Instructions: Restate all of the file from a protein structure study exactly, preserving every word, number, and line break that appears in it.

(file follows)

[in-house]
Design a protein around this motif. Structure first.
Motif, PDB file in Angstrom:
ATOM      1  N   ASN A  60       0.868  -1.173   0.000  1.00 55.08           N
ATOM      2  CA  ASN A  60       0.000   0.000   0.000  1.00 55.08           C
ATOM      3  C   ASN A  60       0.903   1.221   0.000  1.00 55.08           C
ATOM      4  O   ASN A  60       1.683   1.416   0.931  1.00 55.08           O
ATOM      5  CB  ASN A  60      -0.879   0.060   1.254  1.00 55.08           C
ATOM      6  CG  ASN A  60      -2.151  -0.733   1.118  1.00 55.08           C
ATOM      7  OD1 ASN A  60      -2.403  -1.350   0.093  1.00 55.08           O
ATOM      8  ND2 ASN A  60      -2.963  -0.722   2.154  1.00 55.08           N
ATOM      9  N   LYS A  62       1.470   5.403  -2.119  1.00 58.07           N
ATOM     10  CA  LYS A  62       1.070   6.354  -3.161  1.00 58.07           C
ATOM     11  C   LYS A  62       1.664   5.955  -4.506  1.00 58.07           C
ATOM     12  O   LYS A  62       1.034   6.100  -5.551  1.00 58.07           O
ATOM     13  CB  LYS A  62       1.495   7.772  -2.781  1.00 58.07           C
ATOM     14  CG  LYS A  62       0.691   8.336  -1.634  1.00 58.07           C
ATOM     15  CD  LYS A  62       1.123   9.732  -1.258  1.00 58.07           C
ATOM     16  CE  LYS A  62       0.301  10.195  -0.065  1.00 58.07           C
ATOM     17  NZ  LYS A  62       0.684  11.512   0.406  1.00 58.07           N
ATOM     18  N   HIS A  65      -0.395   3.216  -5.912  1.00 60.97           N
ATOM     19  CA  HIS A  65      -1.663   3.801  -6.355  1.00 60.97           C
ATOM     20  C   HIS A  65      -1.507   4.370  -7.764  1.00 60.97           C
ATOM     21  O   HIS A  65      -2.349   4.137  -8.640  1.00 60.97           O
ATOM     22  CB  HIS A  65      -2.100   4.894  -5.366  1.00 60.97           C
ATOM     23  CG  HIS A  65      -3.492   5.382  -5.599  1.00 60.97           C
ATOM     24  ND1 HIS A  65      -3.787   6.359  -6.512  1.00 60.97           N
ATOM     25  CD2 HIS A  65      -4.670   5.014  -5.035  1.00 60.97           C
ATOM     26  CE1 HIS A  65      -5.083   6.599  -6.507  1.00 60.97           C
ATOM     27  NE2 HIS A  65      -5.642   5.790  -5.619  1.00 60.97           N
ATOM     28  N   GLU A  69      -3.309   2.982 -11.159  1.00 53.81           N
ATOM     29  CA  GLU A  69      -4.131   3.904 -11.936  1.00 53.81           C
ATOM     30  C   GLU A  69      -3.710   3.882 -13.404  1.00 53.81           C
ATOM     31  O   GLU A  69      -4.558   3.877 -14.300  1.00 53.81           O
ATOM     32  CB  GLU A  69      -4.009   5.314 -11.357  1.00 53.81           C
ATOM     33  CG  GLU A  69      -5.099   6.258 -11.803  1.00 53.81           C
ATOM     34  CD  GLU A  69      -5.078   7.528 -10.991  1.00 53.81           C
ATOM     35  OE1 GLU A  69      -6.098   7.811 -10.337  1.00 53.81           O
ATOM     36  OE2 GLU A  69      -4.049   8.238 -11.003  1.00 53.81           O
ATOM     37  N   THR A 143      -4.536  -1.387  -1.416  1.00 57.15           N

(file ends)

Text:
[in-house]
Design a protein around this motif. Structure first.
Motif, PDB file in Angstrom:
ATOM      1  N   ASN A  60       0.868  -1.173   0.000  1.00 55.08           N
ATOM      2  CA  ASN A  60       0.000   0.000   0.000  1.00 55.08           C
ATOM      3  C   ASN A  60       0.903   1.221   0.000  1.00 55.08           C
ATOM      4  O   ASN A  60       1.683   1.416   0.931  1.00 55.08           O
ATOM      5  CB  ASN A  60      -0.879   0.060   1.254  1.00 55.08           C
ATOM      6  CG  ASN A  60      -2.151  -0.733   1.118  1.00 55.08           C
ATOM      7  OD1 ASN A  60      -2.403  -1.350   0.093  1.00 55.08           O
ATOM      8  ND2 ASN A  60      -2.963  -0.722   2.154  1.00 55.08           N
ATOM      9  N   LYS A  62       1.470   5.403  -2.119  1.00 58.07           N
ATOM     10  CA  LYS A  62       1.070   6.354  -3.161  1.00 58.07           C
ATOM     11  C   LYS A  62       1.664   5.955  -4.506  1.00 58.07           C
ATOM     12  O   LYS A  62       1.034   6.100  -5.551  1.00 58.07           O
ATOM     13  CB  LYS A  62       1.495   7.772  -2.781  1.00 58.07           C
ATOM     14  CG  LYS A  62       0.691   8.336  -1.634  1.00 58.07           C
ATOM     15  CD  LYS A  62       1.123   9.732  -1.258  1.00 58.07           C
ATOM     16  CE  LYS A  62       0.301  10.195  -0.065  1.00 58.07           C
ATOM     17  NZ  LYS A  62       0.684  11.512   0.406  1.00 58.07           N
ATOM     18  N   HIS A  65      -0.395   3.216  -5.912  1.00 60.97           N
ATOM     19  CA  HIS A  65      -1.663   3.801  -6.355  1.00 60.97           C
ATOM     20  C   HIS A  65      -1.507   4.370  -7.764  1.00 60.97           C
ATOM     21  O   HIS A  65      -2.349   4.137  -8.640  1.00 60.97           O
ATOM     22  CB  HIS A  65      -2.100   4.894  -5.366  1.00 60.97           C
ATOM     23  CG  HIS A  65      -3.492   5.382  -5.599  1.00 60.97           C
ATOM     24  ND1 HIS A  65      -3.787   6.359  -6.512  1.00 60.97           N
ATOM     25  CD2 HIS A  65      -4.670   5.014  -5.035  1.00 60.97           C
ATOM     26  CE1 HIS A  65      -5.083   6.599  -6.507  1.00 60.97           C
ATOM     27  NE2 HIS A  65      -5.642   5.790  -5.619  1.00 60.97           N
ATOM     28  N   GLU A  69      -3.309   2.982 -11.159  1.00 53.81           N
ATOM     29  CA  GLU A  69      -4.131   3.904 -11.936  1.00 53.81           C
ATOM     30  C   GLU A  69      -3.710   3.882 -13.404  1.00 53.81           C
ATOM     31  O   GLU A  69      -4.558   3.877 -14.300  1.00 53.81           O
ATOM     32  CB  GLU A  69      -4.009   5.314 -11.357  1.00 53.81           C
ATOM     33  CG  GLU A  69      -5.099   6.258 -11.803  1.00 53.81           C
ATOM     34  CD  GLU A  69      -5.078   7.528 -10.991  1.00 53.81           C
ATOM     35  OE1 GLU A  69      -6.098   7.811 -10.337  1.00 53.81           O
ATOM     36  OE2 GLU A  69      -4.049   8.238 -11.003  1.00 53.81           O
ATOM     37  N   THR A 143      -4.536  -1.387  -1.416  1.00 57.15           N